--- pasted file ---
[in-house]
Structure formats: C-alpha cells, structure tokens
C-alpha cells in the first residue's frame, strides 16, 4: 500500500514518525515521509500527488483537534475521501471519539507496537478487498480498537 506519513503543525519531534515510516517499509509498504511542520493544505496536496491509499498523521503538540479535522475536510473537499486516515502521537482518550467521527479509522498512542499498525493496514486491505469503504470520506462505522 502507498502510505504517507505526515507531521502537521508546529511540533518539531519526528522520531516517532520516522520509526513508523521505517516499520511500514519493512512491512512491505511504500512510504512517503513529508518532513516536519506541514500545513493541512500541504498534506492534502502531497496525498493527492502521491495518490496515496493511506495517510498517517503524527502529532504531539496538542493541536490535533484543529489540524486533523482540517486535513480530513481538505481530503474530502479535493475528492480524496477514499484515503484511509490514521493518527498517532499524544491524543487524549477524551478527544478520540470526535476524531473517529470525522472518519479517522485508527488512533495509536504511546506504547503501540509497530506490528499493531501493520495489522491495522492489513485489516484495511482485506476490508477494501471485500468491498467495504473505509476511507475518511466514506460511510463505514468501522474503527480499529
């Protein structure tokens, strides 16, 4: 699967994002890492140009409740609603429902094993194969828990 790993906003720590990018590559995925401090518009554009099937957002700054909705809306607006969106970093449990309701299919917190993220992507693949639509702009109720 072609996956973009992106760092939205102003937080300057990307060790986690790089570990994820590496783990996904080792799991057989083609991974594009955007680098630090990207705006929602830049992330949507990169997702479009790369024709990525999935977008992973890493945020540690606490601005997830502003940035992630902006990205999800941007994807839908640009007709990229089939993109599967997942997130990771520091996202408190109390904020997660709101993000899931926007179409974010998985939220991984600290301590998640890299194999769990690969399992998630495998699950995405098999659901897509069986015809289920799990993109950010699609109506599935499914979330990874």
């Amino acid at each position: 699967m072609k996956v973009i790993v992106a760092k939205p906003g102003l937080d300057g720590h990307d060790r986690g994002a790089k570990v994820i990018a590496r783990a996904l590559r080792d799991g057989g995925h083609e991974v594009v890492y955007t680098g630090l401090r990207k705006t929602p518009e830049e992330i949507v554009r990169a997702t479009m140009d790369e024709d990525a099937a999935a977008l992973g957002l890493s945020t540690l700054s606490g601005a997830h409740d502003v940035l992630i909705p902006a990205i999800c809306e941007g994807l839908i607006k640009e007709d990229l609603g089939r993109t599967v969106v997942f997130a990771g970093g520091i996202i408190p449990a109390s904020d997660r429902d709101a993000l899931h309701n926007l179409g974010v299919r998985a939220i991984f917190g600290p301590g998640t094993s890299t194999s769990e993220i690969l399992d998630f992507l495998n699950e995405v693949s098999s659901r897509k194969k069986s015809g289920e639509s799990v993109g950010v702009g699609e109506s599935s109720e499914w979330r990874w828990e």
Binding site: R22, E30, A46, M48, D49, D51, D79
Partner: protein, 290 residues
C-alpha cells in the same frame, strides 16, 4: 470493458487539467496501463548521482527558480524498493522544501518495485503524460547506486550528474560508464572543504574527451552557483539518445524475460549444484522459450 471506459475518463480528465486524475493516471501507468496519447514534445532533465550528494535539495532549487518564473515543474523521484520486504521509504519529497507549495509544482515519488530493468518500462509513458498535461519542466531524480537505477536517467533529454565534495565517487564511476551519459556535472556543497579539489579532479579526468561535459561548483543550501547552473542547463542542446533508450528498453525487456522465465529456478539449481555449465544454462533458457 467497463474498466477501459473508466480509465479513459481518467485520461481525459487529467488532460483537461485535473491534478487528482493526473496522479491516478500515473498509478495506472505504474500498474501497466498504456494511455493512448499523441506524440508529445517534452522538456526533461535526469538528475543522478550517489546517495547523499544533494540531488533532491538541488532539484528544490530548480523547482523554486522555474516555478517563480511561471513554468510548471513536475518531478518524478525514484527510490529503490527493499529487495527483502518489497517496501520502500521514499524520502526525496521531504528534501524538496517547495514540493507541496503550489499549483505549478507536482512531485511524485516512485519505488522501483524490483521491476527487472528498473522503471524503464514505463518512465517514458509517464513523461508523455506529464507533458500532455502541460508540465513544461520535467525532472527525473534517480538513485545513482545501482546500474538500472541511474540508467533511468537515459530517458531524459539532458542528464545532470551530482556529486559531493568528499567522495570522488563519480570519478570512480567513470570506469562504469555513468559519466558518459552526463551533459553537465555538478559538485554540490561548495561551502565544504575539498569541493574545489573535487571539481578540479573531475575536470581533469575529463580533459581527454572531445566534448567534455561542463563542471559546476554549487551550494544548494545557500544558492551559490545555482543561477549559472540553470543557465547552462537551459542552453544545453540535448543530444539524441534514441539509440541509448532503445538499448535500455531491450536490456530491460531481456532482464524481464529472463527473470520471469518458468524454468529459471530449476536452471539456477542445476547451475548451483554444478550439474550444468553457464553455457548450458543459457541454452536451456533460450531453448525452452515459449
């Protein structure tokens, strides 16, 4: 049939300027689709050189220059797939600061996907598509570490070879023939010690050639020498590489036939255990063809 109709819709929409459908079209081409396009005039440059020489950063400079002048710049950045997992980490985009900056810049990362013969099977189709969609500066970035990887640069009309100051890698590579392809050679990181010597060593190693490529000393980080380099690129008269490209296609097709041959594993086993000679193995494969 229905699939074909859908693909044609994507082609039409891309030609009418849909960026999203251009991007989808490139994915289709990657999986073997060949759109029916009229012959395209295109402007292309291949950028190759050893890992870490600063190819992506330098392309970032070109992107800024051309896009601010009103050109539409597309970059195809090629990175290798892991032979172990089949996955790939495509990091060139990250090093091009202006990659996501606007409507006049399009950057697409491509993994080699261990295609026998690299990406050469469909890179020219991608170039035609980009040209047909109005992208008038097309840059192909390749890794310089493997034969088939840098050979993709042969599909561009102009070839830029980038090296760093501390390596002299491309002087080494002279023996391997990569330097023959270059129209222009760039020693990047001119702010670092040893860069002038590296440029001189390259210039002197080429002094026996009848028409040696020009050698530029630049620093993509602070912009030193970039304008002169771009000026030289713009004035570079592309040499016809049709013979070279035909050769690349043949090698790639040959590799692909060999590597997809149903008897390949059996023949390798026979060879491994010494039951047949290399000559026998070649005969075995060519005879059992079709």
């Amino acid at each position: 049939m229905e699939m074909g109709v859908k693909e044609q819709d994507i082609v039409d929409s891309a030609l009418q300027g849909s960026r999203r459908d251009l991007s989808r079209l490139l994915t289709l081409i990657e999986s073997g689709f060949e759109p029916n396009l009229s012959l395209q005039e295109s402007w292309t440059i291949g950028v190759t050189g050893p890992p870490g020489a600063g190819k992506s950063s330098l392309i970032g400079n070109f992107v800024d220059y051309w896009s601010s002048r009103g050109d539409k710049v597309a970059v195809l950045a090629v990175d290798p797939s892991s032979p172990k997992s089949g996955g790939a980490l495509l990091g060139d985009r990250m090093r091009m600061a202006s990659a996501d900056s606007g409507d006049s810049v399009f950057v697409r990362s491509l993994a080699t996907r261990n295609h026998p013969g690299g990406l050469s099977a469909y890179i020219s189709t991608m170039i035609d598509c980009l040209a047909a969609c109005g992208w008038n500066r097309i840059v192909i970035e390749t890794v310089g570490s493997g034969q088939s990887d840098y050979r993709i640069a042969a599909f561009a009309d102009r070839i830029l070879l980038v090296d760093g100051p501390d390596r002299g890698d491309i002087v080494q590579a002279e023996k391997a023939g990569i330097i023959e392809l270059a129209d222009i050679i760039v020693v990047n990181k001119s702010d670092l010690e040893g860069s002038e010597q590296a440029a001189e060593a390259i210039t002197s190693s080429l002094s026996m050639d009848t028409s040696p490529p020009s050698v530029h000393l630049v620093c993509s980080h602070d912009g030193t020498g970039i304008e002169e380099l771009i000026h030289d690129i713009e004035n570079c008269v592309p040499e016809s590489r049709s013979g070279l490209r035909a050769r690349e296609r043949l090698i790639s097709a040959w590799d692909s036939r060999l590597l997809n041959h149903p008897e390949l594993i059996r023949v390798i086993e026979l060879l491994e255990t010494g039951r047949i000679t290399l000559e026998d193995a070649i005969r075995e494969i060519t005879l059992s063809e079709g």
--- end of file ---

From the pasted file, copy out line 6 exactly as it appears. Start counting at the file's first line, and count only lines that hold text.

Binding site: R22, E30, A46, M48, D49, D51, D79